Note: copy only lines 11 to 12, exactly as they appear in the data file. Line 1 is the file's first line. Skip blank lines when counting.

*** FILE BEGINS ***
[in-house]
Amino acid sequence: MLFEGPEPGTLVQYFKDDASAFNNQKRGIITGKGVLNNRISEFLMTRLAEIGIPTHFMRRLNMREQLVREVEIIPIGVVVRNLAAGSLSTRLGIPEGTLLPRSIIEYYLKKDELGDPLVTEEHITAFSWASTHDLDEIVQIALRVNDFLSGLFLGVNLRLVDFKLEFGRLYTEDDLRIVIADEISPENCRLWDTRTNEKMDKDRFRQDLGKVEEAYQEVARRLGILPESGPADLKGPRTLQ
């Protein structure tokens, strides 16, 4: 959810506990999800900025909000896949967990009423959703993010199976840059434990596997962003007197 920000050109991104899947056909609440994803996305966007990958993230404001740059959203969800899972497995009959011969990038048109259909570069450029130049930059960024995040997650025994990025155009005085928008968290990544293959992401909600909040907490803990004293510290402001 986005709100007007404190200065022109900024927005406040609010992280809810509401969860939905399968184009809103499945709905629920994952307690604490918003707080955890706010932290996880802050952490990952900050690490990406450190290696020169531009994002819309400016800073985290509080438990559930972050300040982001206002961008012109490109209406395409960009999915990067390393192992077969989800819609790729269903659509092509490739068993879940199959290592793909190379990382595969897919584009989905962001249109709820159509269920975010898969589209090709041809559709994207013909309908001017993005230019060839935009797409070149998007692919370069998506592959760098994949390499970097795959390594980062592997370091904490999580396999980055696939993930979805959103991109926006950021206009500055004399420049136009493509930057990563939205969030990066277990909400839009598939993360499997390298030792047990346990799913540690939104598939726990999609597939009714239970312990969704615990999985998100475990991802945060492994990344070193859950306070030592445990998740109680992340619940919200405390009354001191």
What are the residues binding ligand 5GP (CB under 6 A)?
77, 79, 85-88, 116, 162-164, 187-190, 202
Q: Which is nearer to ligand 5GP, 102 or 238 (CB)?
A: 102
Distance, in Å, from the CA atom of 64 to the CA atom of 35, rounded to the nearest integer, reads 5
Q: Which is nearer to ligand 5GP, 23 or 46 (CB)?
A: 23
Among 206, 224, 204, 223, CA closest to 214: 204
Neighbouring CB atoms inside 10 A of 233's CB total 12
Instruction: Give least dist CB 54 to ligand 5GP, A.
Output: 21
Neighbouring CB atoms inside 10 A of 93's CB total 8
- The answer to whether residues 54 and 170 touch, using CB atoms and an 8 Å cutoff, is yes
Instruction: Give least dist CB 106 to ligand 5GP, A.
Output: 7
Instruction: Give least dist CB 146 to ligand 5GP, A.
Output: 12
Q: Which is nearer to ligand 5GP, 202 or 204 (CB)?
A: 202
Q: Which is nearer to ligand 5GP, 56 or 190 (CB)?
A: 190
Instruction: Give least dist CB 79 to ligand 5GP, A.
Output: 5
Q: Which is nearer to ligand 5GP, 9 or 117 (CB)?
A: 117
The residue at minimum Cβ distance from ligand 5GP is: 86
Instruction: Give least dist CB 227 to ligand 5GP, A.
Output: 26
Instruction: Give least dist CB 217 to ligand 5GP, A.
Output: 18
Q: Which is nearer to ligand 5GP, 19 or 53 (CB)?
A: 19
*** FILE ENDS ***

Among 206, 224, 204, 223, CA closest to 214: 204
Neighbouring CB atoms inside 10 A of 233's CB total 12